Morocco-EU Fisheries Agreement: Polisario’s Complaint Rejected by EU Court
The Algeria-backed Polisario has suffered a new defeat in the European Union Court of Justice. A ruling of the court, rendered on July 19, has rejected an appeal lodged by the separatist front in 2014 against the Morocco-EU fisheries agreement and slammed it as ineligible to lodge such an appeal.
After the Court’s rulings issued in 2015 and 2016 on the Morocco-EU Association Agreement and the Morocco-EU Agricultural Agreement dismissed the Polisario’s claims, this July 2018, the Luxembourg-based court again rejected the separatists’ demand to annul the fisheries agreement concluded in 2013.
The Polisario and its Algeria-financed lobbyists have been leading for several years a judicial guerrilla against the Morocco-EU trade agreements, contesting Morocco’s legitimacy to govern its Southern Sahara provinces but it was without counting on the wisdom and firmness of the judges of the Fifth Chamber of the EU Court who rejected the action for annulment brought in 2014.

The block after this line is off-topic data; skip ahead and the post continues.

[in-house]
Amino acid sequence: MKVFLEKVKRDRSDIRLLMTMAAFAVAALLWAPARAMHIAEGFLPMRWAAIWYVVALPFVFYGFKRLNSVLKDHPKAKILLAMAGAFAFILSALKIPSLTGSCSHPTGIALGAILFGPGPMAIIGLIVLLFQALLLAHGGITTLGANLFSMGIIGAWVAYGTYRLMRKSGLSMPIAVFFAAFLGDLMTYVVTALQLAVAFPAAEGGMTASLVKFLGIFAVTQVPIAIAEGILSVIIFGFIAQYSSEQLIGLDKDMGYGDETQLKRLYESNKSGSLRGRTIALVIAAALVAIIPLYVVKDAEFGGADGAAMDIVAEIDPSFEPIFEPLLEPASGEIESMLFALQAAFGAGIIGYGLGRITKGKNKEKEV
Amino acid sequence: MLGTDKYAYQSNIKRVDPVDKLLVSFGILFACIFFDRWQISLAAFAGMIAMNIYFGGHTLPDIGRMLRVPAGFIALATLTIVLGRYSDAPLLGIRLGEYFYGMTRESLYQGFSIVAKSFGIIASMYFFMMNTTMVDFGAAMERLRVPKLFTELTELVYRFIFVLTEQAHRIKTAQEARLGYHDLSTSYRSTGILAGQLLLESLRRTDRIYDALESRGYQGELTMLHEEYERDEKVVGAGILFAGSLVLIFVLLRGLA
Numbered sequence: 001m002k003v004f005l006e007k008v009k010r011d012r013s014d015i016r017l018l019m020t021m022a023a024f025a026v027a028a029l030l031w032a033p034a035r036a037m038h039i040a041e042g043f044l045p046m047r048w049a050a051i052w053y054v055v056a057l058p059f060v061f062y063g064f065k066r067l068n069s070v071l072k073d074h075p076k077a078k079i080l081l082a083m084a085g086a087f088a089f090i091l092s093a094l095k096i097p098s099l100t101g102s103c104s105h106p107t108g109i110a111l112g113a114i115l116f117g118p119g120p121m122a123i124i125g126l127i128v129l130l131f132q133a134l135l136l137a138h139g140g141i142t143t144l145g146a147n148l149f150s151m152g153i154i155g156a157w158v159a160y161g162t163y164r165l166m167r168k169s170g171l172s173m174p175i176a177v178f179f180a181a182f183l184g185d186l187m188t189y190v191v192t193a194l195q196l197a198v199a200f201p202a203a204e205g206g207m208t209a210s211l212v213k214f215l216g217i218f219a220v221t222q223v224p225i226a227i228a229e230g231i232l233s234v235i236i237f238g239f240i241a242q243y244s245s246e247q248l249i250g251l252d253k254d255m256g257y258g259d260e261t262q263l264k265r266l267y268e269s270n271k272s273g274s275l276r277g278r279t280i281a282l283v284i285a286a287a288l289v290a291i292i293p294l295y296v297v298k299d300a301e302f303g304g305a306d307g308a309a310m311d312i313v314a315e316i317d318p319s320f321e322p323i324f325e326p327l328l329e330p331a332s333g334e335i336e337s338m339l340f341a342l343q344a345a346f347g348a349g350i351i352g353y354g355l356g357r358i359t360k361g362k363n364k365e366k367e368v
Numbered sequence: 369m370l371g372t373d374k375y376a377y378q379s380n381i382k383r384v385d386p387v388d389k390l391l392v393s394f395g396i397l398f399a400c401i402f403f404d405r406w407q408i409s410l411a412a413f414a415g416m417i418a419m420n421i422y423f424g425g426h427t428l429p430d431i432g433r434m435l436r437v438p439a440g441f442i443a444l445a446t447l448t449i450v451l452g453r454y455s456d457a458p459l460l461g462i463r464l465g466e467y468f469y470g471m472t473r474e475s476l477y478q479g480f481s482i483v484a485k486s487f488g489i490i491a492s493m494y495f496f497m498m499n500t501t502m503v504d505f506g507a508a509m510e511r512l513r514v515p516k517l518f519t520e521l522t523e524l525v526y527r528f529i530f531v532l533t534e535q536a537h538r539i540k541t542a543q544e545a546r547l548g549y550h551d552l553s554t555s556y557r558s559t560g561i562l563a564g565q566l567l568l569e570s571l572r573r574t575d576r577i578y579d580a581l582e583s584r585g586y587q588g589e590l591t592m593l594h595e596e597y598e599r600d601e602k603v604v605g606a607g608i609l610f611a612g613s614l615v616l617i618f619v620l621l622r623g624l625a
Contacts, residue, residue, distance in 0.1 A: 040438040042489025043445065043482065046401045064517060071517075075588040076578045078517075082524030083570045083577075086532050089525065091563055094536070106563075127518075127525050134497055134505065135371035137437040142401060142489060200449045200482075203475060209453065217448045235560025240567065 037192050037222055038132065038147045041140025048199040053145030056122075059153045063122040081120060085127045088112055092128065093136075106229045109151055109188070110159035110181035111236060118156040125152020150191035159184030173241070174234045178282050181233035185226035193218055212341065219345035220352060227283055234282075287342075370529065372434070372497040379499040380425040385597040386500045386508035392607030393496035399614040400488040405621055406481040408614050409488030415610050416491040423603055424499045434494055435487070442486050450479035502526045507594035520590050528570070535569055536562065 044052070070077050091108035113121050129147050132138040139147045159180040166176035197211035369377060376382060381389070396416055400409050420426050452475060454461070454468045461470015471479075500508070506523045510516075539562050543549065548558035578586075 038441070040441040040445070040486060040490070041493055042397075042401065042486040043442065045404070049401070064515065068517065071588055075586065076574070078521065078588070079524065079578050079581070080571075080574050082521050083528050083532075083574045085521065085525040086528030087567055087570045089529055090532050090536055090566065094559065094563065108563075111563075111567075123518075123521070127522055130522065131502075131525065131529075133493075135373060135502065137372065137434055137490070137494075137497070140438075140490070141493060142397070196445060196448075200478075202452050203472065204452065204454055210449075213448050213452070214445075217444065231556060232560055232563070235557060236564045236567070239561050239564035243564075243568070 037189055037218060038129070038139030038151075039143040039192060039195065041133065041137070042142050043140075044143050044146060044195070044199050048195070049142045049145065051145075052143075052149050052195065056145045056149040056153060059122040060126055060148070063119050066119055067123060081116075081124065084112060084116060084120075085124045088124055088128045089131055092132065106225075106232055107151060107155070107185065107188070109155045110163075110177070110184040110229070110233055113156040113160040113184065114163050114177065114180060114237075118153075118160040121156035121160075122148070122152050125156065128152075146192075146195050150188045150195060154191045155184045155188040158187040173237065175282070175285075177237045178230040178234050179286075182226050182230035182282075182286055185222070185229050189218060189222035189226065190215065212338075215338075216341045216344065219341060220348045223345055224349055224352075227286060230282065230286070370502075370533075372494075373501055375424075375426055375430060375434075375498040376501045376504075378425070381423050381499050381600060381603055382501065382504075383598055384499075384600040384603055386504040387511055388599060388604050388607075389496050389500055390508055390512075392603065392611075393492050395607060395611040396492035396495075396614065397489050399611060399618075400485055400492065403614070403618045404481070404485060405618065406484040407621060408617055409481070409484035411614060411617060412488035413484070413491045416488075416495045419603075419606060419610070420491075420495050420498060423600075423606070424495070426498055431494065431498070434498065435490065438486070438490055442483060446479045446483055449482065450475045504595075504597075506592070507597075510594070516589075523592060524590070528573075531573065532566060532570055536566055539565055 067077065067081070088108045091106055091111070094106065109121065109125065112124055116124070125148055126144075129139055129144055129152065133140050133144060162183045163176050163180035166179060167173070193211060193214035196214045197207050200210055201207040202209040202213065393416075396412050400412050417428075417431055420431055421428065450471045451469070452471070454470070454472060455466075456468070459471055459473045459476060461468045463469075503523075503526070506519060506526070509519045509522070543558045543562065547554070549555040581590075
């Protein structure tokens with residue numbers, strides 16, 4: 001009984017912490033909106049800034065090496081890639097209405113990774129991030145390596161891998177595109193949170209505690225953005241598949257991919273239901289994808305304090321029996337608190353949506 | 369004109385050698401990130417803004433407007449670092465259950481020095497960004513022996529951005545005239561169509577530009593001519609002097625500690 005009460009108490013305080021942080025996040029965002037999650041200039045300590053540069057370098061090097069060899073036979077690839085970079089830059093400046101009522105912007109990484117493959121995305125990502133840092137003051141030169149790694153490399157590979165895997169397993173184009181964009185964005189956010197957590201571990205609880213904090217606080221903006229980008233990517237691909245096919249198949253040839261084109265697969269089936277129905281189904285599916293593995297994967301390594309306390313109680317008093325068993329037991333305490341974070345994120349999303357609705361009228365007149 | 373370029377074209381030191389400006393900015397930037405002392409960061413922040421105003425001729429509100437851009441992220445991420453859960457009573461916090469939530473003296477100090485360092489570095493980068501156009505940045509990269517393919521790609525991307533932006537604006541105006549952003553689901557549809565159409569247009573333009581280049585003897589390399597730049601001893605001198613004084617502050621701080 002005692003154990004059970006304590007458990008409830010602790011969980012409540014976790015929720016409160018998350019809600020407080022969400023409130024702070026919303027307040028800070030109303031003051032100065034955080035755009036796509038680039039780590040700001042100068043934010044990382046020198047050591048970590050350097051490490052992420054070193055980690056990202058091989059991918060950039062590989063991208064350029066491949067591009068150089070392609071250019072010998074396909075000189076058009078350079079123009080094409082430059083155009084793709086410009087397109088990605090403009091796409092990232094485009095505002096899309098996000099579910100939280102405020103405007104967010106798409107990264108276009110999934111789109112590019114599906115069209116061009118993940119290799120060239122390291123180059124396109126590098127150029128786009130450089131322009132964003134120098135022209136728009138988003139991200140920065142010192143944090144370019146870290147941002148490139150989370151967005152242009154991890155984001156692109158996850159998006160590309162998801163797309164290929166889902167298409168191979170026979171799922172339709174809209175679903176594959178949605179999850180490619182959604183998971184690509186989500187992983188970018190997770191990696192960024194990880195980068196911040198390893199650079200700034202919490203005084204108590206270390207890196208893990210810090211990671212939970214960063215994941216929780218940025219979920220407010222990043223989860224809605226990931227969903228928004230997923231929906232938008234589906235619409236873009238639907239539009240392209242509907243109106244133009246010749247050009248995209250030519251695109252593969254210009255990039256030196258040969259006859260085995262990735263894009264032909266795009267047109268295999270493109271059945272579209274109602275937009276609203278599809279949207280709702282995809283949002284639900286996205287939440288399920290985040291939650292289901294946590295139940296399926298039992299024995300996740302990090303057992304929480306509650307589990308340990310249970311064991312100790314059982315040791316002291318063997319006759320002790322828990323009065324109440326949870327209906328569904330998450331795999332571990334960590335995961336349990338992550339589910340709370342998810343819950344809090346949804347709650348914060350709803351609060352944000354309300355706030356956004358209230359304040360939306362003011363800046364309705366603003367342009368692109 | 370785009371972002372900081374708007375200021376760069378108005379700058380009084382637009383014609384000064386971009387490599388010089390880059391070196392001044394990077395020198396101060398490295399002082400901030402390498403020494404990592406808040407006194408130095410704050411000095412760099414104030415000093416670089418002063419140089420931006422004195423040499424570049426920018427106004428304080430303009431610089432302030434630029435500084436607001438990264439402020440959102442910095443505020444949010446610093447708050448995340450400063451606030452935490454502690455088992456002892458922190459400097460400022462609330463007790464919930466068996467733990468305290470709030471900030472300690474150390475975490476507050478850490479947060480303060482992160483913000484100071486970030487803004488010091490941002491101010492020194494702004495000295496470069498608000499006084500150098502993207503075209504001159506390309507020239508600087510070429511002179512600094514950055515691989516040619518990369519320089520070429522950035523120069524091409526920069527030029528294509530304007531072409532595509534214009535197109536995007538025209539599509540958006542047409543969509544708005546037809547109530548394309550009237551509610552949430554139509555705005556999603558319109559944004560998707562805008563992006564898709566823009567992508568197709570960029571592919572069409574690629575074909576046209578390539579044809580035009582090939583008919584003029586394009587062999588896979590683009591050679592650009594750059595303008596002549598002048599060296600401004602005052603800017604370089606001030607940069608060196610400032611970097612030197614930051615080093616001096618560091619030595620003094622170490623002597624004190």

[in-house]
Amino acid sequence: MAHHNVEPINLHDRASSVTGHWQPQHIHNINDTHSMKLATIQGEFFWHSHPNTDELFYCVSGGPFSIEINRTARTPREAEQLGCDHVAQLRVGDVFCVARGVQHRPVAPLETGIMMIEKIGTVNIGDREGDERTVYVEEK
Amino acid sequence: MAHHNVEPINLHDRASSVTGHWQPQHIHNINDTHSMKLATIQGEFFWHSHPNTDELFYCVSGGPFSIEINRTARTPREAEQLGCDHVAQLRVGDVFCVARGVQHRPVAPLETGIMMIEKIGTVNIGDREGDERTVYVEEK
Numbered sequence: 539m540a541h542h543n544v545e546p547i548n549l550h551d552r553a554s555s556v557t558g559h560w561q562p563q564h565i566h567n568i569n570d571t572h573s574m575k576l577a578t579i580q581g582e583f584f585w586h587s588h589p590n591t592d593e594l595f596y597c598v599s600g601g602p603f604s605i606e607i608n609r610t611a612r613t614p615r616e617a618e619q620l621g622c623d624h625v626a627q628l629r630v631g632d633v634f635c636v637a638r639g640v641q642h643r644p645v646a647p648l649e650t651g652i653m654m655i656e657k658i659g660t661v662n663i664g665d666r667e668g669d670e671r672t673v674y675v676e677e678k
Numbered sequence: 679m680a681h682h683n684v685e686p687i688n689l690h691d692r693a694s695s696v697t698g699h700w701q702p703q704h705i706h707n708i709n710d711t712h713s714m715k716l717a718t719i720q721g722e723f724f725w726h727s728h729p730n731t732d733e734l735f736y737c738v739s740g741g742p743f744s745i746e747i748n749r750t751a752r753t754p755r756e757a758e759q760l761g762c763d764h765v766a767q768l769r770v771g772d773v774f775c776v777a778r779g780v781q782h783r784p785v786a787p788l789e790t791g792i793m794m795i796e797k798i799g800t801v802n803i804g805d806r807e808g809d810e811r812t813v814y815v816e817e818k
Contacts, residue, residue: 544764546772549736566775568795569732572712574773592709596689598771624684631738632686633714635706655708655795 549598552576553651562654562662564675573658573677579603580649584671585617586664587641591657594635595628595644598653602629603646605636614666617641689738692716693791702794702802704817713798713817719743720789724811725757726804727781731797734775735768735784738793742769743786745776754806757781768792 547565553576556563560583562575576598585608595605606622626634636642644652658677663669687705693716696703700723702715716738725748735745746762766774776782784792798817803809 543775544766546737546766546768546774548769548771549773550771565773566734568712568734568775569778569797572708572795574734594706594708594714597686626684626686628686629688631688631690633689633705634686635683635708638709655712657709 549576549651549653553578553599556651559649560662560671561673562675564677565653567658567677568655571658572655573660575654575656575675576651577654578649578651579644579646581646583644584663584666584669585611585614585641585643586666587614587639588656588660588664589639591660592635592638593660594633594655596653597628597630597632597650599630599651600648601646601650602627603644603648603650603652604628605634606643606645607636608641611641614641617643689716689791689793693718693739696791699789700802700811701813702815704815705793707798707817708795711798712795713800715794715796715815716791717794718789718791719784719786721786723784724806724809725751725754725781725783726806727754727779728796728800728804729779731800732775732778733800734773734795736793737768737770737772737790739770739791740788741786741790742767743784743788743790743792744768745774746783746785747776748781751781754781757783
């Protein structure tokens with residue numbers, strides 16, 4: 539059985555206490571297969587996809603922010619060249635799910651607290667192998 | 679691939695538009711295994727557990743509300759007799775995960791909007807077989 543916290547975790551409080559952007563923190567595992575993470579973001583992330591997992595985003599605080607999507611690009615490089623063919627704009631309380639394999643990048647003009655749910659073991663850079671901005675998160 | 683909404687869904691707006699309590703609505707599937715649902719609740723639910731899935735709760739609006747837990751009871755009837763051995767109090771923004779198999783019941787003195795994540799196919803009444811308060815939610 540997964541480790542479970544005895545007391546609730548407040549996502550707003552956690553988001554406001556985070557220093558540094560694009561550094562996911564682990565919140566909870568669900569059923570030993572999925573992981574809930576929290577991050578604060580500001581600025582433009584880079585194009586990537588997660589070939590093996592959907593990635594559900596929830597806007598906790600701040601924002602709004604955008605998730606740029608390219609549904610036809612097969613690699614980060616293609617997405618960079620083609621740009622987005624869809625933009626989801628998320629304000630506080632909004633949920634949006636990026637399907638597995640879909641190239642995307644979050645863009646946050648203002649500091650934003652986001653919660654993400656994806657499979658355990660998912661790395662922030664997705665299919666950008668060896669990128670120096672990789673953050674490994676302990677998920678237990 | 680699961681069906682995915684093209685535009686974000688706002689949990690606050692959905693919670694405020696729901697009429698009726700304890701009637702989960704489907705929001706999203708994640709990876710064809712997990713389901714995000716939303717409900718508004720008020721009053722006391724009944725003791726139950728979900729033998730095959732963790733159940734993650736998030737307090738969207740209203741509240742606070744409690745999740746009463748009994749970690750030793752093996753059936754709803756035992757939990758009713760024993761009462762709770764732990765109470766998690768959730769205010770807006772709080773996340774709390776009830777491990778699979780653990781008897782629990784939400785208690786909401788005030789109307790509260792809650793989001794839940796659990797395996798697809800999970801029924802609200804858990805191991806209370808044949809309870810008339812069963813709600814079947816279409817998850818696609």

In this connection, the court considered that the Polisario front “is not directly or individually concerned” by the fisheries agreement and “cannot, in any case, be considered, given the arguments it relies on, as having locus standi”. It therefore declared the action for annulment as “inadmissible in its entirety” and ordered the Polisario to pay “in addition to its own costs, the judicial proceeding costs incurred by the Council of the European Union”.
This new verdict of the European Court of Justice declaring the Polisario as not concerned by the EU-Morocco trade agreements and ineligible to plea at the court dealt a new scathing blow to the front and its mentors and shattered its separatist whims.
Anyways, paying no attention to the phantasmagorical elucubrations of the Polisario and Algeria, Morocco and the European Union initialed Tuesday (July 24) in Rabat a new four-year fisheries agreement. The agreement delimits the fishing zones on the entire Atlantic coast of Morocco, from Cap Spartel in the North to Cap Blanc in the far South of the Sahara.